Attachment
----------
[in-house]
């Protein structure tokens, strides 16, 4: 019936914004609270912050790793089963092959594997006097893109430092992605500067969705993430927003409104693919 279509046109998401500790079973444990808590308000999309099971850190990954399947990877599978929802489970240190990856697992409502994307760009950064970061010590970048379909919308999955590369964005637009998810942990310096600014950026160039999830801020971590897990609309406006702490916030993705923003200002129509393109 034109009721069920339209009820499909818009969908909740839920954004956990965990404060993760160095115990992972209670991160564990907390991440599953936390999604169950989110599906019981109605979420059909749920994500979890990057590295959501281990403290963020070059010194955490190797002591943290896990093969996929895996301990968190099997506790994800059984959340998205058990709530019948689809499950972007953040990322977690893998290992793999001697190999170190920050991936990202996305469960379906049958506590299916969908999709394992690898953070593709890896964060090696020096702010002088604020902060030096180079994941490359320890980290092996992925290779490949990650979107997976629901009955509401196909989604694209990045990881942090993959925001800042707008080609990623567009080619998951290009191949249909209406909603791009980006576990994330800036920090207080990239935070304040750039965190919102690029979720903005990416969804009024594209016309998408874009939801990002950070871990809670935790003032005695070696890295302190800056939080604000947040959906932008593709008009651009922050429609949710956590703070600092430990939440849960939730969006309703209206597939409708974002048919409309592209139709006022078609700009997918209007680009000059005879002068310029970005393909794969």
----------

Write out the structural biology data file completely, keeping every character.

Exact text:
[in-house]
């Protein structure tokens, strides 16, 4: 019936914004609270912050790793089963092959594997006097893109430092992605500067969705993430927003409104693919 279509046109998401500790079973444990808590308000999309099971850190990954399947990877599978929802489970240190990856697992409502994307760009950064970061010590970048379909919308999955590369964005637009998810942990310096600014950026160039999830801020971590897990609309406006702490916030993705923003200002129509393109 034109009721069920339209009820499909818009969908909740839920954004956990965990404060993760160095115990992972209670991160564990907390991440599953936390999604169950989110599906019981109605979420059909749920994500979890990057590295959501281990403290963020070059010194955490190797002591943290896990093969996929895996301990968190099997506790994800059984959340998205058990709530019948689809499950972007953040990322977690893998290992793999001697190999170190920050991936990202996305469960379906049958506590299916969908999709394992690898953070593709890896964060090696020096702010002088604020902060030096180079994941490359320890980290092996992925290779490949990650979107997976629901009955509401196909989604694209990045990881942090993959925001800042707008080609990623567009080619998951290009191949249909209406909603791009980006576990994330800036920090207080990239935070304040750039965190919102690029979720903005990416969804009024594209016309998408874009939801990002950070871990809670935790003032005695070696890295302190800056939080604000947040959906932008593709008009651009922050429609949710956590703070600092430990939440849960939730969006309703209206597939409708974002048919409309592209139709006022078609700009997918209007680009000059005879002068310029970005393909794969």